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Salvation Army: Reported domestic violence cases up 59% in last two years

Organizers say a higher number of reports does not necessarily mean more violence, but instead reflects a positive trend of more people reaching out for help.

KNOXVILLE — At the Knoxville Salvation Army, organizers say a statistic that may look alarming at first glance is actually a sign of improvement.

“We see it as a good thing," said Social Services Director Donna Wright. The response came to reports that domestic violence cases reports were up 59% in the last year among women who enter the shelter alone.

"That means more people are aware of our services and are reaching out for help,” she said.

Wright says more calls does not necessarily mean more violence. Rather, it generally means the hard work by various groups in East Tennessee helping combat domestic violence is paying off.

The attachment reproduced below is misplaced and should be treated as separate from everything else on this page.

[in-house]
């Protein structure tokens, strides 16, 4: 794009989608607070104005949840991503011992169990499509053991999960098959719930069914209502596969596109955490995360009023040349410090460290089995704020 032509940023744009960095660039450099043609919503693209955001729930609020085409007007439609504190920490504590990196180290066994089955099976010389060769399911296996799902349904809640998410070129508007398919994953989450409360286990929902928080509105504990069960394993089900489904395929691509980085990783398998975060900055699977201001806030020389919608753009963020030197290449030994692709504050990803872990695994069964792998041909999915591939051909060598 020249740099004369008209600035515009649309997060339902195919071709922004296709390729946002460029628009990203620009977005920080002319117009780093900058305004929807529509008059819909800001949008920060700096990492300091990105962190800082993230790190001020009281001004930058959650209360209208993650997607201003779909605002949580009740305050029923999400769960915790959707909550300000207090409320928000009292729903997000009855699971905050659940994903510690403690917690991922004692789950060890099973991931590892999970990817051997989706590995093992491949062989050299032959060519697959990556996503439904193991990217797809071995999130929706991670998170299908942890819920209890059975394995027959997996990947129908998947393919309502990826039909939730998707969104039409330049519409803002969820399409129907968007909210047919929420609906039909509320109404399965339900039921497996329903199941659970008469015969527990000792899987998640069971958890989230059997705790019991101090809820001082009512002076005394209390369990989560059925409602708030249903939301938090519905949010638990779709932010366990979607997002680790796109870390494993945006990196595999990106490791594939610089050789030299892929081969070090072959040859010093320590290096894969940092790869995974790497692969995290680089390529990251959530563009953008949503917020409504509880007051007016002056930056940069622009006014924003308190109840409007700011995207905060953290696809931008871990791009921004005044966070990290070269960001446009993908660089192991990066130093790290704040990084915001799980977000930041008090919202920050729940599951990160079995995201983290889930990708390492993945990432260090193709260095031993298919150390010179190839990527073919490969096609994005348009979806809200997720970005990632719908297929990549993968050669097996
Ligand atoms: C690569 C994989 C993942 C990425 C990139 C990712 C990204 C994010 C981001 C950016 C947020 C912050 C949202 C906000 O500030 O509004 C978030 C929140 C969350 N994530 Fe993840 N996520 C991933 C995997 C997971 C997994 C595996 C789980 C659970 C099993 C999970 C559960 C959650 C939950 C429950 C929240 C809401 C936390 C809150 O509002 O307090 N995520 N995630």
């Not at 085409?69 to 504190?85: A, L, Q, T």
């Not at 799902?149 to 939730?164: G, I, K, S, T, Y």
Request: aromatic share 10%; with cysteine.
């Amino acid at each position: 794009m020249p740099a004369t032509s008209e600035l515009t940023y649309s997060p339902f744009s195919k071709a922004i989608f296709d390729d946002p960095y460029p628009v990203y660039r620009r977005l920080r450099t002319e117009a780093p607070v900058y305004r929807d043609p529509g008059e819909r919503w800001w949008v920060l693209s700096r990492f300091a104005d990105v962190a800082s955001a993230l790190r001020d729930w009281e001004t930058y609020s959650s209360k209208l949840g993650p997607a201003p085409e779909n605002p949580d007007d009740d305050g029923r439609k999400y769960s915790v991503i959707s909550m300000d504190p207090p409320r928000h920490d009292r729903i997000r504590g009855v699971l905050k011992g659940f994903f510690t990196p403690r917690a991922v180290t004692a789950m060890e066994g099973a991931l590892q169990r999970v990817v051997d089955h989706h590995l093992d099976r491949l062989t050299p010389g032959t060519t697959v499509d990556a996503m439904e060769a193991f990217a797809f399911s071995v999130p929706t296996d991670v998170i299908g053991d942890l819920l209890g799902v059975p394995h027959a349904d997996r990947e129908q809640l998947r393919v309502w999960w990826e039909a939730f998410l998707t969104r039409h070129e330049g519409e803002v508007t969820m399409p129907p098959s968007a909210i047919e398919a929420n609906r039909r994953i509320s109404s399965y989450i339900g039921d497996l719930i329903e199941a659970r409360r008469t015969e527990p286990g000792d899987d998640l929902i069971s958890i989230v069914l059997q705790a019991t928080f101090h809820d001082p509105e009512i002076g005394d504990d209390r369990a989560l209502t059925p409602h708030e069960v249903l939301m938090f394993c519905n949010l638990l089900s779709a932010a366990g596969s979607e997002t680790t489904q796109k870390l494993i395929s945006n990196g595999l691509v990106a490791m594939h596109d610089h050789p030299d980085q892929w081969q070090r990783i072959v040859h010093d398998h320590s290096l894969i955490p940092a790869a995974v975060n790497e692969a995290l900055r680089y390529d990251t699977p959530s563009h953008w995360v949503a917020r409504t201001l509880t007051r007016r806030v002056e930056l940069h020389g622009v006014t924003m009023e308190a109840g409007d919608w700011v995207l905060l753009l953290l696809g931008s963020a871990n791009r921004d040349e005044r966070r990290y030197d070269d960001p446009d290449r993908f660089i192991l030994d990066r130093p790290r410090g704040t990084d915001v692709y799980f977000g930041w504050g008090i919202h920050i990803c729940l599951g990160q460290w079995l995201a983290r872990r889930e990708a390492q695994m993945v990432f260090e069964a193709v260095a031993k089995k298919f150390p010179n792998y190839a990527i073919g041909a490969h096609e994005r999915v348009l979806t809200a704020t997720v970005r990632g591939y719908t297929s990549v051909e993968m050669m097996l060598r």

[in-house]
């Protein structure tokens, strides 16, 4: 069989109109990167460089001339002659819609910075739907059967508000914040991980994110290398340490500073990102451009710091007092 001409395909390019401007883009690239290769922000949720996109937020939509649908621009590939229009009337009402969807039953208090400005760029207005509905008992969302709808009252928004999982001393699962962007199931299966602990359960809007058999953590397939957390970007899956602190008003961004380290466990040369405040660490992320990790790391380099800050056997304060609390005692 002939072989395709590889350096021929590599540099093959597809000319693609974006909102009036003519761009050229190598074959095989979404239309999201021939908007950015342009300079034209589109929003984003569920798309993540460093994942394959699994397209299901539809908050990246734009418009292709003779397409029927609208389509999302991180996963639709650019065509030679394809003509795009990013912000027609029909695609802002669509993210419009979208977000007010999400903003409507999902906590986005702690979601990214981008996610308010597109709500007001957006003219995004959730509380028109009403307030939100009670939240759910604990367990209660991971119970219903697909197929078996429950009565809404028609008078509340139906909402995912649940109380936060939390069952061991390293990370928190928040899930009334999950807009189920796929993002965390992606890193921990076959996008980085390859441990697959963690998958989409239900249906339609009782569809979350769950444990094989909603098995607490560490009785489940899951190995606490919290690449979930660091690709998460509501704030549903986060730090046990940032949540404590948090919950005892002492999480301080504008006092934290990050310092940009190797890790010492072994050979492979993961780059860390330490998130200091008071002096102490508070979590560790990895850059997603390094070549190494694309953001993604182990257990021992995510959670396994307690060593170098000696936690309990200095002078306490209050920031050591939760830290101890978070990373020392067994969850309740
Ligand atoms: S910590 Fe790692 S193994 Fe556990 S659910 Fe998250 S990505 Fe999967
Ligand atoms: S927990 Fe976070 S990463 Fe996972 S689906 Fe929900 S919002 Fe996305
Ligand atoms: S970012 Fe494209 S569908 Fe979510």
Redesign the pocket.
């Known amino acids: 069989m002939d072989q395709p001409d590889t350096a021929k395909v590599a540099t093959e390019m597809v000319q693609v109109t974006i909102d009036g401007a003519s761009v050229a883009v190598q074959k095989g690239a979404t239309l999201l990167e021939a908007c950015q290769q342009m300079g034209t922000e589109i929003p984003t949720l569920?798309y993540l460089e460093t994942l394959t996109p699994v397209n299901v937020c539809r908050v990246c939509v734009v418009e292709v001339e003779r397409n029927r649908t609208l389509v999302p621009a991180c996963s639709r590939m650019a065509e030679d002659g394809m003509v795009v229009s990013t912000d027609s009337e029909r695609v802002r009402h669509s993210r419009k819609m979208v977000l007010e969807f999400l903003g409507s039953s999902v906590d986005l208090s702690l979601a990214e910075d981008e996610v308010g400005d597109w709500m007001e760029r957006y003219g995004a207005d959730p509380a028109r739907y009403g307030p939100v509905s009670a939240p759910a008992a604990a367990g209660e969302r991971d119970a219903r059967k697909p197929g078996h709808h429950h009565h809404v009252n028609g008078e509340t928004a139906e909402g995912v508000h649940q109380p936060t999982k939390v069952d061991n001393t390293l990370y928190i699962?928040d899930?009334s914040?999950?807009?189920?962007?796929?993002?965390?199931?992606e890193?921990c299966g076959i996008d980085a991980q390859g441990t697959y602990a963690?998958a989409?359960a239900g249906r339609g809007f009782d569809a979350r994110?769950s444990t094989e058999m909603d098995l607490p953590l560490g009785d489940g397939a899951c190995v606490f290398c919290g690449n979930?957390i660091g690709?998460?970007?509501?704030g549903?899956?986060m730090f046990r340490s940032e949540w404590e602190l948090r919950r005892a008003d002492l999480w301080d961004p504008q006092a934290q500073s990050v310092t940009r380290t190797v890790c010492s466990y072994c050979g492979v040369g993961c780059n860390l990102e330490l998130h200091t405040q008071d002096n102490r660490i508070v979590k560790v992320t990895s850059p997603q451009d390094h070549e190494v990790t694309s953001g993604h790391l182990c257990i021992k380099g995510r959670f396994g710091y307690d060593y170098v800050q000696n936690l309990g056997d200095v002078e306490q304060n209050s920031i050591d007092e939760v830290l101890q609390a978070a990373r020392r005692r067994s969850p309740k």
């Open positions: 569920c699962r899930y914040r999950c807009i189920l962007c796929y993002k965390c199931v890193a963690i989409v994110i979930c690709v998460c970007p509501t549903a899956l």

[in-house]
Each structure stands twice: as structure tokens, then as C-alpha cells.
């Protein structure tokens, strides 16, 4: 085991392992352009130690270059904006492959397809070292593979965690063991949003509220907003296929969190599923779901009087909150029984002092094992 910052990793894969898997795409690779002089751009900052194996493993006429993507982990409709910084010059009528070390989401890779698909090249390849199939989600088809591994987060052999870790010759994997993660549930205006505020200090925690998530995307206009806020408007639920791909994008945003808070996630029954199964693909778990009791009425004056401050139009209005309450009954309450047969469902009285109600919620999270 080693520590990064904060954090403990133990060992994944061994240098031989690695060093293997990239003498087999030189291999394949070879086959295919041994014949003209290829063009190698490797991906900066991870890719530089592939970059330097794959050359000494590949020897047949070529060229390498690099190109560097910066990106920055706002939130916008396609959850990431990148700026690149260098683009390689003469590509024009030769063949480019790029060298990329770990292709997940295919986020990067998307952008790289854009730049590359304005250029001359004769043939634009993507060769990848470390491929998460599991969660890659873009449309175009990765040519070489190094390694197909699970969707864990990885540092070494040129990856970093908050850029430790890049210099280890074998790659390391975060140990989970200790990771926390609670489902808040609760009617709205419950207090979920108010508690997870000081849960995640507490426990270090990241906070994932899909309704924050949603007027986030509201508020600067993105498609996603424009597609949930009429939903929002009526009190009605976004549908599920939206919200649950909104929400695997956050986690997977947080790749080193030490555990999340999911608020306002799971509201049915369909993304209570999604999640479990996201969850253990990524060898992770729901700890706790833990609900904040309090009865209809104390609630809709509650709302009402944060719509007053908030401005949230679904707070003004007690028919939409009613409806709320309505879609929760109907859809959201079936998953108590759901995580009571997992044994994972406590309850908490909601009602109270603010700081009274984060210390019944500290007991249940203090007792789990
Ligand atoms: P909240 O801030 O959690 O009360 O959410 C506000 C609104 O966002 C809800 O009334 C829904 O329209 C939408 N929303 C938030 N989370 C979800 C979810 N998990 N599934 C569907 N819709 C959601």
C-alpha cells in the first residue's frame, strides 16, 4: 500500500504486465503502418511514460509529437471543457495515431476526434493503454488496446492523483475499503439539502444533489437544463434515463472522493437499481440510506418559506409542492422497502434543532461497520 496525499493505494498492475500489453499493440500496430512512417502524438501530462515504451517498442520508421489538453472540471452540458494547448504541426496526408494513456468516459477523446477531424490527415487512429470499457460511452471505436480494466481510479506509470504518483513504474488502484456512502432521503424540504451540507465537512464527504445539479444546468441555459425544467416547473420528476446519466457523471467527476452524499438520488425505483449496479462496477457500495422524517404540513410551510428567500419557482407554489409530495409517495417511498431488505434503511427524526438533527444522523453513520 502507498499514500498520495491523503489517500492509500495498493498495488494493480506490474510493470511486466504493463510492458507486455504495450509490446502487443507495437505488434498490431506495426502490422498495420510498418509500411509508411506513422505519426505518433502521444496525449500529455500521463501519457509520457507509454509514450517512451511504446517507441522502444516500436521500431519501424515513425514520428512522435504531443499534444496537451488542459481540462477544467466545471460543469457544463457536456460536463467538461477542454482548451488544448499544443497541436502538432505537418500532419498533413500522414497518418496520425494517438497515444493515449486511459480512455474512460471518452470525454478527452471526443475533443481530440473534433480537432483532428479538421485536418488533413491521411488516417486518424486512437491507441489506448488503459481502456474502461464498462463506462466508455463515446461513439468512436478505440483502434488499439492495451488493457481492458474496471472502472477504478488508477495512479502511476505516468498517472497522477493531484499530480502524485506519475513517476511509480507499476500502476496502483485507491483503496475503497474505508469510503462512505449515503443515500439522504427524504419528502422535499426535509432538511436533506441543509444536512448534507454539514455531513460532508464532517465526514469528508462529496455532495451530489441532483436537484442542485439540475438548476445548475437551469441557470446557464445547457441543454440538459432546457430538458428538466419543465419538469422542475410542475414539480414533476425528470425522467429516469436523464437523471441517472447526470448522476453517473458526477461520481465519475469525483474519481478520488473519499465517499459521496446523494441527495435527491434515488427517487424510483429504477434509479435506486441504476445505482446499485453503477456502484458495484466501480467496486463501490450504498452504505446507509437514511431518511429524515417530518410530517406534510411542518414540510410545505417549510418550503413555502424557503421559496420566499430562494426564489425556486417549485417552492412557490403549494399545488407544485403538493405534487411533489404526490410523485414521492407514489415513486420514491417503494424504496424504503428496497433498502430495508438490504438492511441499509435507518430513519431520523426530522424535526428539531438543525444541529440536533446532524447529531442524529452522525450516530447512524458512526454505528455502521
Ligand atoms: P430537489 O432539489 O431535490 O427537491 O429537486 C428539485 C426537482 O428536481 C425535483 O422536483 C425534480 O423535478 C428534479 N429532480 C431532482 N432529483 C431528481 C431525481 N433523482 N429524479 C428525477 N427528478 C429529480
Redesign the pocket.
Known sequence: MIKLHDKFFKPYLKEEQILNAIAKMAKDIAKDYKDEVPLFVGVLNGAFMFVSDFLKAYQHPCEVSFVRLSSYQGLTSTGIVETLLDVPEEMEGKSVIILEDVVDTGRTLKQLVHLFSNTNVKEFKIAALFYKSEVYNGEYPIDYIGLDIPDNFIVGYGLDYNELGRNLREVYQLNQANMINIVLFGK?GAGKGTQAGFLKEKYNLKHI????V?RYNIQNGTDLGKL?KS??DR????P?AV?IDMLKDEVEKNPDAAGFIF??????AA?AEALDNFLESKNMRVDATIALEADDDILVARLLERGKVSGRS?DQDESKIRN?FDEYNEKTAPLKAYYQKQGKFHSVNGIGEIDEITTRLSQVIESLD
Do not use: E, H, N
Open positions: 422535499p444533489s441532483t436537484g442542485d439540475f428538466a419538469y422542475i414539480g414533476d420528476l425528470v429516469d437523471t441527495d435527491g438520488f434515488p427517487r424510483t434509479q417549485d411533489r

"It could also be a good thing simply because more people who are in need or experiencing domestic violence are aware of services in the community and are getting the help they need," she said.

However, the state still stands in poor standing nationally. According to the Violence Policy Center, Tennessee ranks 5th nationally for women murdered by men. Katherine Jones, advocate program team leader with the YWCA, says with October being National Domestic Violence Awareness Month, the number of reports might go up again. In her eyes, that would also be a positive shift.

“October is Domestic Violence Awareness Month, so we’re using that as an opportunity to really reach out to those victims and say you do have support here and there are resources for you out there," she said. “And I think that is directly related to just Knoxville as a community coming together, really wanting to serve the victims.”

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